O say, can you see, the union upside down…
Unless someone or something is in “extreme danger,” displaying an inverted star-spangled banner is an offense. Well, when this, this, this and this, plus their spin-offs continuously plague headlines and timelines, we’re in major jeopardy, all right. Since the waning months of 2016, more and more names believe that “rewind is the new play” for this world, that George Santayana is more snowflake than philosopher when he equated repeating bygone days with invoking doom. If these don’t warrant an S.O.S. signal, what will? Spike Lee may have defied the law and reached peak non-subtlety in including it in his latest feature, BlacKkKlansman, but, considering the status quo, he did the right thing.
Someone who also has righteousness on his mind is BlacKkKlansman’s lead, Det. Ron Stallworth (John David Washington, father’s smoothness inherited), the afro-powered, super-smooth, deescalate-first and brand-new hire of the Colorado Springs PD. He is the force’s Jackie Robinson, his superiors warn, but he doesn’t mind. Thankfully, surrounding Stallworth are colleagues such as Det. Flip Zimmerman (Adam Driver, trademark cucumber-cool), who trust him and share the need to excise hate everywhere. Time is short, however, as the possibility of a local race-driven attack is growing, what with both Kwame Ture (Corey Hawkins, passionate if fleeting) and David Duke (Topher Grace, admirably committed) arriving in town to grace their respective crowds.
Though risk is inherent, it isn’t what Lee seeks to emphasize or doubly hammer home, if we look at his previous joints. Like the “fo’real, fo’real sh*t,” aka autobiography, the film adapted from, Stallworth wants to see what’s under the resident white hoods, using Zimmerman as his avatar (a-ha, an upgrade from July’s Sorry to Bother You’s “white voice” to white guy!), and save for a “Jew lie detector” sequence and a late-game’s execution of a bombing plot, suspense is at most a whiff in BlacKkKlansman. Grace’s Duke, Ryan Eggold’s articulate Walter Breachway (the chapter’s leader) and especially Jasper Pääkkönen’s hyper-paranoid Felix Kendrickson (said leader’s right-hand man) aren’t half-bakers in embodying wicked supremacists. Pay attention to Paul Walter Hauser’s turn as the loyal bodyguard/twin of Shawn in I, Tonya, Ivanhoe, as well, his balancing between evil and buffoonery is home to many key laughs.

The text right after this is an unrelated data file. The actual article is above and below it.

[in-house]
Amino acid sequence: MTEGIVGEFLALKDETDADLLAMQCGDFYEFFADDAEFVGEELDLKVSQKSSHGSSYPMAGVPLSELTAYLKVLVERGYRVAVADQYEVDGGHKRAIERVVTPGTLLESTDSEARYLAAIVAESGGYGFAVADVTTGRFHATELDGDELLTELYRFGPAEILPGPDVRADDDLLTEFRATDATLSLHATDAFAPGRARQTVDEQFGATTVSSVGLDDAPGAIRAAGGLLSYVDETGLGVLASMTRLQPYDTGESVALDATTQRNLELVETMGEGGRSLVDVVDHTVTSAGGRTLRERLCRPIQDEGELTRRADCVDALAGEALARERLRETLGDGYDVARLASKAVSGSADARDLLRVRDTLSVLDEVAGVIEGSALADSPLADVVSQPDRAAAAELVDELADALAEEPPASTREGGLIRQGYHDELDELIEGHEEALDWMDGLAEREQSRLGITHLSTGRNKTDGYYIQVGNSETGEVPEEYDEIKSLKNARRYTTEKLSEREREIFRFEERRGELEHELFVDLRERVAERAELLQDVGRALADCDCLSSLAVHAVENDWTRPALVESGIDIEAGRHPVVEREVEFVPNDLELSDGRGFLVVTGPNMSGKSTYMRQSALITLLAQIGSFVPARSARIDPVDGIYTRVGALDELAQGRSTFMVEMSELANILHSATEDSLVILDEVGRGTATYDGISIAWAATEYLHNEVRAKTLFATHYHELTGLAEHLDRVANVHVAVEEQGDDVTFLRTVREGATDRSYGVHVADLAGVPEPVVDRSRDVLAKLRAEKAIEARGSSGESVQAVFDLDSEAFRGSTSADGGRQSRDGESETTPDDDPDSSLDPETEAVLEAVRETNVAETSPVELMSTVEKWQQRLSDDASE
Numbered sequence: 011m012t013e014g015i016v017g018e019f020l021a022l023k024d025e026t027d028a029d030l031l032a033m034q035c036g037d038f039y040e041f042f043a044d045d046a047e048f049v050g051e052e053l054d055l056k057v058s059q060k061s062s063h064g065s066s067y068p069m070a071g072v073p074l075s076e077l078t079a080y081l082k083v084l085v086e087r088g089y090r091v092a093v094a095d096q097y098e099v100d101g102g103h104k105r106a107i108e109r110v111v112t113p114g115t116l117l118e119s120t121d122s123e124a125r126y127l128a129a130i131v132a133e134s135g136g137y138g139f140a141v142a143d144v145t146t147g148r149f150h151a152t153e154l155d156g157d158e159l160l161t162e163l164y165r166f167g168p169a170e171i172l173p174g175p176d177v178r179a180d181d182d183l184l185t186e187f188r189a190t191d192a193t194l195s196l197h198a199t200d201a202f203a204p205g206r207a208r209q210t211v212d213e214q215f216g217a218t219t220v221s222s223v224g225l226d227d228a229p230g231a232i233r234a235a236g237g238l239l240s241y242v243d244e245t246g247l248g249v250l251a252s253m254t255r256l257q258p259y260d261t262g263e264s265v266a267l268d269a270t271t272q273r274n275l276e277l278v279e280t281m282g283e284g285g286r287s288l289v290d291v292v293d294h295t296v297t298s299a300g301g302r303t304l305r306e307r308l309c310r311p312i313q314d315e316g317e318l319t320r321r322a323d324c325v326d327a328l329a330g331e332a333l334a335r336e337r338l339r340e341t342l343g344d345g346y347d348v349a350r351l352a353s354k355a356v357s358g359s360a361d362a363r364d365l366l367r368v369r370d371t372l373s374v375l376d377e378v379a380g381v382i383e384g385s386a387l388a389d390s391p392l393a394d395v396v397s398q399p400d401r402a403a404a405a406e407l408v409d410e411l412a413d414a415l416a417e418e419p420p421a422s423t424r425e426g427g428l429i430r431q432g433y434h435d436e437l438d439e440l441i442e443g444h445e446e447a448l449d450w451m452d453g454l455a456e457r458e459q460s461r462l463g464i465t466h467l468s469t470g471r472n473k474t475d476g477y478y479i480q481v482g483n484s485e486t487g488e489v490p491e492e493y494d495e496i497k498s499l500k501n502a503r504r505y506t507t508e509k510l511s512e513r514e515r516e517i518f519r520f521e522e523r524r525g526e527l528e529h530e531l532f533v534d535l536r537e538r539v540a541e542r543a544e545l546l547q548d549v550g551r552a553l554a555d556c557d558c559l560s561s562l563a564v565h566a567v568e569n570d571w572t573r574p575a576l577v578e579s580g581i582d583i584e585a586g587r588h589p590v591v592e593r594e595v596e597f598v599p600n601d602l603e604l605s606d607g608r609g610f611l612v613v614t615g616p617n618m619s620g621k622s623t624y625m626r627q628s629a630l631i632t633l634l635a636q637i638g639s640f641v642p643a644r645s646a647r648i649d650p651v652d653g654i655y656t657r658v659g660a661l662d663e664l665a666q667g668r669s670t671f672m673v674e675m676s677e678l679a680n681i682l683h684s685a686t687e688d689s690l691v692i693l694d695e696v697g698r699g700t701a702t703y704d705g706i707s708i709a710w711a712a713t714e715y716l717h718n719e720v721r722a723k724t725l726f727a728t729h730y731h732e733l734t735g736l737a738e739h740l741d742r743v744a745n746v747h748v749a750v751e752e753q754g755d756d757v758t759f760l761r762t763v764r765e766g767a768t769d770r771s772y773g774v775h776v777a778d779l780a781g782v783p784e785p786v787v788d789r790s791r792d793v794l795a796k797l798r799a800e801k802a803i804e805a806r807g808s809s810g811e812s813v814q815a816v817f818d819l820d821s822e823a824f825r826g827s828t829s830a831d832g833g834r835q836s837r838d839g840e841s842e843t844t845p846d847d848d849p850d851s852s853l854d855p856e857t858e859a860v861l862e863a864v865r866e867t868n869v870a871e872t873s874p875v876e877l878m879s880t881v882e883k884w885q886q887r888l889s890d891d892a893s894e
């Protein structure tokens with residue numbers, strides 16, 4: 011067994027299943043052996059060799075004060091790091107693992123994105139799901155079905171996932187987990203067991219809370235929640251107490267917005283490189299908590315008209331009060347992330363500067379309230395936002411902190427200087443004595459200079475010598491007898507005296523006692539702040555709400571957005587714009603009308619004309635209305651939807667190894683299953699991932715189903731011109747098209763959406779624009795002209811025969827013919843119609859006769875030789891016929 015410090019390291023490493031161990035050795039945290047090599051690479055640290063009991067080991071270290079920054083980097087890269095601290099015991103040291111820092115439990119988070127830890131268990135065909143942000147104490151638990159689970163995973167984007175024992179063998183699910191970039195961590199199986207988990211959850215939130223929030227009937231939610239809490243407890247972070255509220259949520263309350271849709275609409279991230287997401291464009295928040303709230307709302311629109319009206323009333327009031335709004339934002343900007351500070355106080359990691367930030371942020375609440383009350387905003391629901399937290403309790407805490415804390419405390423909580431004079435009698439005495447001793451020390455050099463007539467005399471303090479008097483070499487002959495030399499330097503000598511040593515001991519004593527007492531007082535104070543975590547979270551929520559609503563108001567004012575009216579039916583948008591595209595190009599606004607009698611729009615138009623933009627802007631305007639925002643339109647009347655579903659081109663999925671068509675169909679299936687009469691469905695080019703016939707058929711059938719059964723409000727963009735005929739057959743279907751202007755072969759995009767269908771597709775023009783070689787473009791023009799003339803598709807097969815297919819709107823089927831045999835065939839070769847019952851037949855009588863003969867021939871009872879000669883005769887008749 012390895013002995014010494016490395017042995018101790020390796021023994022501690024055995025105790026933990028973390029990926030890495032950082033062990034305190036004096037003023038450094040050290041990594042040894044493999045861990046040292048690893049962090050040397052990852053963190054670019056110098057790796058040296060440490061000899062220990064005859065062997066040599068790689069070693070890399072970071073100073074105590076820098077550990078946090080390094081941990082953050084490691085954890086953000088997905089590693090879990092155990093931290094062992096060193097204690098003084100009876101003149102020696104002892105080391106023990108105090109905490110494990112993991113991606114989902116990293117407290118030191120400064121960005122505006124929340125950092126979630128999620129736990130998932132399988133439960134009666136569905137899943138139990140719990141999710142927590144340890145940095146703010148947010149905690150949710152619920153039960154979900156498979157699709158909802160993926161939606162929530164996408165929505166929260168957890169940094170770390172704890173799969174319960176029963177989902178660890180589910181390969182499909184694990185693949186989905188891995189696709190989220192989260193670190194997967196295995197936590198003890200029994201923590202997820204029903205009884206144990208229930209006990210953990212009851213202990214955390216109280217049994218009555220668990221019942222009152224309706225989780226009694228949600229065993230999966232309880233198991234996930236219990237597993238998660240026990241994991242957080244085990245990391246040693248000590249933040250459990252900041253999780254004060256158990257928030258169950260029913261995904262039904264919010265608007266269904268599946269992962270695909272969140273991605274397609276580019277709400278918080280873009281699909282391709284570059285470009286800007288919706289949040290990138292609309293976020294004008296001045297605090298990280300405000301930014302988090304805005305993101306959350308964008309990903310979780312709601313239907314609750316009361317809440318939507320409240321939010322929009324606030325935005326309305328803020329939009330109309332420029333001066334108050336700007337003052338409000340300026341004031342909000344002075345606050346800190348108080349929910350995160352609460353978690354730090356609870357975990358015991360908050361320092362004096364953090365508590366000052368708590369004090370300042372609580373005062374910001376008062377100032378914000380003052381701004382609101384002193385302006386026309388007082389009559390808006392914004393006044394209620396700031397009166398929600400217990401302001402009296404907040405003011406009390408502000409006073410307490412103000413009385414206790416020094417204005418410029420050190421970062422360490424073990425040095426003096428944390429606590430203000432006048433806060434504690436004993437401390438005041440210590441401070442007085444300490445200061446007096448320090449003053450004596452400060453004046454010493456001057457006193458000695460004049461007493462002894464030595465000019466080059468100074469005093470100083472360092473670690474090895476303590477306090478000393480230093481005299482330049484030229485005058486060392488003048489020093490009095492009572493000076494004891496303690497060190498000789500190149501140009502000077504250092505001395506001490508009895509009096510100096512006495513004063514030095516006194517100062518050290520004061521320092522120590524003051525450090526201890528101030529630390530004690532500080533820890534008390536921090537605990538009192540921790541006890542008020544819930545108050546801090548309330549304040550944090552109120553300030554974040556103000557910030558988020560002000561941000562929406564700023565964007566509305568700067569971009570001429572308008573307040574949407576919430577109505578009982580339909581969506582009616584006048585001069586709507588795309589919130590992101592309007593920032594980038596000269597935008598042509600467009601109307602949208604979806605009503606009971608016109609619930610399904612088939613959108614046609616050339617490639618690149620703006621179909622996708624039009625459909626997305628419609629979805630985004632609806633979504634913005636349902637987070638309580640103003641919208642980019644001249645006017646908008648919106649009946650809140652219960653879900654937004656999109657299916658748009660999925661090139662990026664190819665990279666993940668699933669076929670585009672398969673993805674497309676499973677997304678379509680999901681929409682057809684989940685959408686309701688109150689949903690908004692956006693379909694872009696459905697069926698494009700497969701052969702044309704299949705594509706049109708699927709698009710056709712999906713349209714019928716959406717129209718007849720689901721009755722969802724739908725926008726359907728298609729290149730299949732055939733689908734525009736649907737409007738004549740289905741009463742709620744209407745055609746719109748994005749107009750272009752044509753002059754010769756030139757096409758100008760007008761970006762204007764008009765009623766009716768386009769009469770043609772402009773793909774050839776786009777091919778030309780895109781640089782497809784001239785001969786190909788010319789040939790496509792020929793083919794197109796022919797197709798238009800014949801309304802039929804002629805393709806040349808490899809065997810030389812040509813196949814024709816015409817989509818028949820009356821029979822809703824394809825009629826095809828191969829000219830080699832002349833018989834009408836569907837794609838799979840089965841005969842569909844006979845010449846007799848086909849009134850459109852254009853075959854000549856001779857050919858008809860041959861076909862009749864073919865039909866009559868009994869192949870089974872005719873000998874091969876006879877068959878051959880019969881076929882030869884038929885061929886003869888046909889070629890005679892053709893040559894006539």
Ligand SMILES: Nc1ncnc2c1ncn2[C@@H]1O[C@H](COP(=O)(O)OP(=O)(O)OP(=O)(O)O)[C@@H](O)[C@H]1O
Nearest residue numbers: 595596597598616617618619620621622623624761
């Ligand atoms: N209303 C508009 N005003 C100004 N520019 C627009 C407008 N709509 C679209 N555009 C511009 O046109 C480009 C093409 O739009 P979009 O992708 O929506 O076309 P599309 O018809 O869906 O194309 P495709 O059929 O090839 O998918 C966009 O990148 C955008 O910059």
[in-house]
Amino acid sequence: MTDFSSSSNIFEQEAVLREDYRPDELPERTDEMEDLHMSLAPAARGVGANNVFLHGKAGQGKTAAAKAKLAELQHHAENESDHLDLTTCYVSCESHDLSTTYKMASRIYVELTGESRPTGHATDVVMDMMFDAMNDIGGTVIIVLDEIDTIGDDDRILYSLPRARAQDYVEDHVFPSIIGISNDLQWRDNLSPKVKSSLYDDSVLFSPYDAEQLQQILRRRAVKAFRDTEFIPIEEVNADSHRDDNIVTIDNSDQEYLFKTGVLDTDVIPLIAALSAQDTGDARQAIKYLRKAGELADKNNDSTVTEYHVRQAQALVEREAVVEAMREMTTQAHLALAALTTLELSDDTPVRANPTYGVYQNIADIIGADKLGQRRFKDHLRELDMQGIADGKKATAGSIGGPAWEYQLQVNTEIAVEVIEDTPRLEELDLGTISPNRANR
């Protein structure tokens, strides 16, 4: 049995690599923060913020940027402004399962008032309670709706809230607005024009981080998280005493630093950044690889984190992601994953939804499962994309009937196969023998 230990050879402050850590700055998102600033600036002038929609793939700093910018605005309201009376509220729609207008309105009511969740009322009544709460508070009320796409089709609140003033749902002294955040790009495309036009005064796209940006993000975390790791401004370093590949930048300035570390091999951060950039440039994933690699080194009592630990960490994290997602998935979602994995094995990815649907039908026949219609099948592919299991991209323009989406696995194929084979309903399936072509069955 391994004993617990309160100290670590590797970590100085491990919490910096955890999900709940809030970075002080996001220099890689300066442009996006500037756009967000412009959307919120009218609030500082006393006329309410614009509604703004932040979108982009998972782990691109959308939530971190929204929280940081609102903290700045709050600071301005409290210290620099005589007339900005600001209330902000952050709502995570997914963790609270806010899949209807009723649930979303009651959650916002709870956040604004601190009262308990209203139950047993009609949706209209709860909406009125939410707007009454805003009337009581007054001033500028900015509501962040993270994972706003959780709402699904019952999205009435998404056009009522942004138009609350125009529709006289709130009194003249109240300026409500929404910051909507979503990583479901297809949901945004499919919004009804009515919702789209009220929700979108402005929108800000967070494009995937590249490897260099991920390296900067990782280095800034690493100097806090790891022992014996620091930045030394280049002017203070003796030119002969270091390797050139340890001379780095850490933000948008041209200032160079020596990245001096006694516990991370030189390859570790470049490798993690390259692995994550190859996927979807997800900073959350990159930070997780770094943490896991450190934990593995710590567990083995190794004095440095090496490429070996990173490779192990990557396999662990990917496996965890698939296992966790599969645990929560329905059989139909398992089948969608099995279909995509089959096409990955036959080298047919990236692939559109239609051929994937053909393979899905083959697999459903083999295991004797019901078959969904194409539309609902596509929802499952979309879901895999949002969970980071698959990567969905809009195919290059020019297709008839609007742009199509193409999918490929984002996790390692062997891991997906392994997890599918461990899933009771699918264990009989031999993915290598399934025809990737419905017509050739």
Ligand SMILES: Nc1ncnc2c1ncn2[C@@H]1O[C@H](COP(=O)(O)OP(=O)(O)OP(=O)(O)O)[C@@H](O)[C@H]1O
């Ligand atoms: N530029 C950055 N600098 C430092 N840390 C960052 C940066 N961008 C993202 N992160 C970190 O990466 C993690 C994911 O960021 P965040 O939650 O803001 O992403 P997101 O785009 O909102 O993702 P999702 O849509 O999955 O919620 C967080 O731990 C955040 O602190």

Positivity is the true centerpiece in BlacKkKlansman. Lee cares not if you think Stallworth’s mingling with Patrice Dumas (Laura Harrier, dauntless), the Colorado College Black Student Union’s president, or those extended, screen-breaching sermons about people and power, fierily delivered by Hawkins’ Ture and later on activist/lynching witness Jerome Turner (Harry Belafonte, memorable), give the investigation a staccato pace. But as auxiliary as they are, the filmmaker deems it vital for us to experience them. Mandatory. Why? Some of us have forgotten our foundation being the same values these particular characters stand for, and so the film’s reality is now ours. Be it in a group toe-tapping to “Too Late to Turn Back Now,” in the faces that are literally buoyed by Ture’s speech, or in those feeling additional empowerment through Turner’s, inclusivity and the pursuit of it are framed as “the answer.” Don’t like it? Well, you will fumble as you hate, not unlike Dr. Kennebrew Beauregard (Alec Baldwin, hilarious) who, in the film’s opener, can’t finish his “mongrel nation” hullabaloo — with Gone with the Wind as one of the backdrops, no less! — without someone off-screen feeding the lines.
If only all the hatemongers in existence share the character’s foolishness. Not in this climate, unfortunately. While BlacKkKlansman may unfold as a triptych of rage, fun and pride, what it is is a call to fly at full-staff the willingness to preserve good. To the sensible minded among you: You will hear it, for sure, since its delivery is thoroughly electrifying. Perhaps answer it, too; it’s effortlessly understandable.
And don’t forget that right now society is, SHEEEEEEEEEEIT, pretty upended.
Author: Nguyen Le, CC2K Staff Writer
I love film enough to pack up and fly across the Pacific to write about them. On a mission to add some Vietnamese, or Asian, presence in the film-writing world, first stop being Houston where I’m based. You bet I can make hella good ca phe sua da and equally so omelette. See my bylines at the The Cougar and Cooglife, University of Houston’s two publications, Houston Chronicle, Austin Chronicle, InSession Film and The Young Folks. Member of Houston Film Critics Society and the Online Film Critics Society. Find me on Facebook (@nguyen.le.334) or Twitter (@nle318) — I’m all smiles at both places and so should you!